Byrne, the bishop of Springfield, Massachusetts, spoke on the importance of the upcoming National Eucharistic Congress and the need for greater participation in the Christian life, most especially through the sacraments of Communion and penance.
Quoting former National Institutes of Health director Dr. Anthony Fauci, who recently said that the Catholic faith is “almost like a pro forma thing that I don’t really need to do,” Byrne said that this belief “succinctly articulates the voice of a majority of Americans who identify as Catholic but do not recognize the beauty and the power of their baptism.”
“From that gift of the incorporation into the body of Christ comes a duty to live in right relationship with our creator and redeemer,” he explained. “Living in right relationship with God, as we all know, is the only way to joy. ‘Be it done to me according to your word’ — these seven words began to untie and unravel the knot that was tied at Eden, the knot of self-sufficiency that imprisons us.”
Byrne said that the “ecstatic joy” with which the Blessed Virgin Mary accepted and received Christ at the Incarnation is a model for Christians to follow today.
“Our Lady’s response to the request of the angel Gabriel reversed the course of human history. Obedience, trust, docility — these became the force that foiled and foils the ancient foe.”
Faith and sacrifice
Bishop Wilfred Anagbe, whose Nigerian Makurdi Diocese has been the target of almost daily attacks, shared with the crowd a testimony of the faith and sacrifice of the persecuted Church in his country, where 4,998 Christians were killed for their faith in 2023 alone.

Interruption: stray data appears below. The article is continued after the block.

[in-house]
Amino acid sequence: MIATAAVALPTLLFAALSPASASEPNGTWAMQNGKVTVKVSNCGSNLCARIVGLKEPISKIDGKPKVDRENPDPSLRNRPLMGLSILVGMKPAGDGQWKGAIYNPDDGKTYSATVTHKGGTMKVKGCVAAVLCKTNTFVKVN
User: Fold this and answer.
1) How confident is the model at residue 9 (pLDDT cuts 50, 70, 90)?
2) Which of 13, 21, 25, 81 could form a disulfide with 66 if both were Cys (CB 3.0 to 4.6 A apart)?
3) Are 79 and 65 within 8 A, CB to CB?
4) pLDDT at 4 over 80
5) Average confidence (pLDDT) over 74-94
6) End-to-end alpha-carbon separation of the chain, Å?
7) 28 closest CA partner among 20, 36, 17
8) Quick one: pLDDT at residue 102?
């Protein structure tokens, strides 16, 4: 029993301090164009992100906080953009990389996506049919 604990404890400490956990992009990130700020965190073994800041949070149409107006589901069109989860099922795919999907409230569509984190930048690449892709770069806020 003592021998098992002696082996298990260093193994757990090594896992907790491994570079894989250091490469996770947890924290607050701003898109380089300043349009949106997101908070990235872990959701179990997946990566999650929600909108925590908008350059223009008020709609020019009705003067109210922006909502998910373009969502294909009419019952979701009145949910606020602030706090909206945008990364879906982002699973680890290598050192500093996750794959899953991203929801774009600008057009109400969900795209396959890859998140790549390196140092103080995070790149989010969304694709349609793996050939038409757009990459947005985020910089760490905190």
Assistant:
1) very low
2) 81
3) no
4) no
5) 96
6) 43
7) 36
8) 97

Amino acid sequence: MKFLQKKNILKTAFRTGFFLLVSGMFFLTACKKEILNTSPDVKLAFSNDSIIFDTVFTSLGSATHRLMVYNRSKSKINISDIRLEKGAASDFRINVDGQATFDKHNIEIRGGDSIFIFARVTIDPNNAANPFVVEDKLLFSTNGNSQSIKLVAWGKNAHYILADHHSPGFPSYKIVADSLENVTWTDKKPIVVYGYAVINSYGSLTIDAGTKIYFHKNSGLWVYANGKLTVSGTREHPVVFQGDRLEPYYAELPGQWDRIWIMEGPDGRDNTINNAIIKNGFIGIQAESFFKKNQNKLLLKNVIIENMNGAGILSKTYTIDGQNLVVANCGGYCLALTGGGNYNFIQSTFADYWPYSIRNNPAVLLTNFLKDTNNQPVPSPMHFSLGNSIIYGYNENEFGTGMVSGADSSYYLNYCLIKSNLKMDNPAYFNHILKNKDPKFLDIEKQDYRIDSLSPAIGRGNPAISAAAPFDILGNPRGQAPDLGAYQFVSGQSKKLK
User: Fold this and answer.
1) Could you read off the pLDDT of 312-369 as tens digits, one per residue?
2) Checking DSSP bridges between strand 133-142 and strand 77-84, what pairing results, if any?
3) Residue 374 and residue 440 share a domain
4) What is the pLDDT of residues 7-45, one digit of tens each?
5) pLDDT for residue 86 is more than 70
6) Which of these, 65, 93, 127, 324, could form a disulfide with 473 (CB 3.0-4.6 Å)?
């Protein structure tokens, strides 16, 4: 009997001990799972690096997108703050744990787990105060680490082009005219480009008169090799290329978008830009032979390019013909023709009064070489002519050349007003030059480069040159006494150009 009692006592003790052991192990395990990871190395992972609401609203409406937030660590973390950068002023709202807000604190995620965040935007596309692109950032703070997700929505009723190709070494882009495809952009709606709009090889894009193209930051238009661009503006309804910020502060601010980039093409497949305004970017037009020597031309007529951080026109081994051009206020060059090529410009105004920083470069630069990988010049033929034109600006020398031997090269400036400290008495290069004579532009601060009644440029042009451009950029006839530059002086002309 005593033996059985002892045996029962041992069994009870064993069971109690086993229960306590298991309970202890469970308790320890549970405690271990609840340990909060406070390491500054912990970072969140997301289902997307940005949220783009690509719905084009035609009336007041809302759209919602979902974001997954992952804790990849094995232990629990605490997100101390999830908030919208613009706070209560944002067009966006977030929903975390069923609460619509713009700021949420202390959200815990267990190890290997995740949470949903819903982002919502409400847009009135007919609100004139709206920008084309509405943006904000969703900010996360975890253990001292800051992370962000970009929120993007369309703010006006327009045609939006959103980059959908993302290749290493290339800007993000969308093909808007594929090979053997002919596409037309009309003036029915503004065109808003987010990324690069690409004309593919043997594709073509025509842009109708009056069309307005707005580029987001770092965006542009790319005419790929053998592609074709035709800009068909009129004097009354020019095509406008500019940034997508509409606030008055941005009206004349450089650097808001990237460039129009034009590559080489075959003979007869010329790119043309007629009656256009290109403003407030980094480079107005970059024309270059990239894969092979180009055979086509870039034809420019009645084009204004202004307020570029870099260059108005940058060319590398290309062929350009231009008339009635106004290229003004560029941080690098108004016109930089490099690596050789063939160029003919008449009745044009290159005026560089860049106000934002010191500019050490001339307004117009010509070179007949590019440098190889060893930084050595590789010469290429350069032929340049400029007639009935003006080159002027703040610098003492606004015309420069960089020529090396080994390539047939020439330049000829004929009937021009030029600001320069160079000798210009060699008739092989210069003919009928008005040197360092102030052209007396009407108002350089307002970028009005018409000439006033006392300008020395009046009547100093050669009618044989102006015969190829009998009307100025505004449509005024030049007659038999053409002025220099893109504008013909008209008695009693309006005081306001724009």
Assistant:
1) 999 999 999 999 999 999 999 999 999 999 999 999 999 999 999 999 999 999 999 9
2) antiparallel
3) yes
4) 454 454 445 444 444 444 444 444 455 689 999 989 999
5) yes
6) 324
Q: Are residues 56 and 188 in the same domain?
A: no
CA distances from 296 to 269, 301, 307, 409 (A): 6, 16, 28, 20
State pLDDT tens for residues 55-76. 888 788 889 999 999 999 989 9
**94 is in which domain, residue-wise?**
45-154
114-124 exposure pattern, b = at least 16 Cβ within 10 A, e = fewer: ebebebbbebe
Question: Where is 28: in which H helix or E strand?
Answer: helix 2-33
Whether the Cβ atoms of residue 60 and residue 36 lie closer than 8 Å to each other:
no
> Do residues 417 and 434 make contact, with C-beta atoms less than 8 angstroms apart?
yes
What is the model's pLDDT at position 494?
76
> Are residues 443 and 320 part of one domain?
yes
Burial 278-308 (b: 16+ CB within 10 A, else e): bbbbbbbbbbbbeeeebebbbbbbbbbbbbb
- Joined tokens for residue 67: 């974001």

Highlighting the worsening bloodshed in his country, Anagbe mentioned the recent Christmas terrorist attacks that left more than 200 Nigerian Christians dead.
“Nigeria has become a killing field, a field that is sadly fettered with the blood of the martyrs,” Anagbe said.
“I share this with you so that the world may know that in spite of all of this, Nigerian seminaries and churches are full,” Anagbe went on.
“Christian faith is growing in spite of the terrorists, or maybe because of them,” he said.
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Anagbe asked the U.S. faithful to “never forget your brothers and sisters in Nigeria” and to “pray for us as we pray for you.” Moved by his testimony, the crowd gave the Nigerian bishop a standing ovation for his courageous witness to the faith.
Joy and wonder of the faith
Several Catholic groups also had booths open at the breakfast to share their missions and apostolates with those gathered. Groups present included The Pontifical Missions Society, the Faithful Citizenship Institute, and The Heritage Foundation as well as a few Catholic schools, including Belmont Abbey College and Benedictine College.
Also present were several members of the National Shroud of Turin Exhibit, who held a press conference after the breakfast in which they announced plans to open a new permanent exhibit soon in Washington, D.C.
Nora Creech, an expert on the Shroud of Turin, explained that their efforts to bring renewed attention to the Shroud of Turin are based on a desire to debunk a controversial radiocarbon study by the British Museum that alleged the relic was a medieval fraud. Creech said that by educating others on the authenticity of the shroud they hope to help people encounter Christ and the joy and wonder of the faith.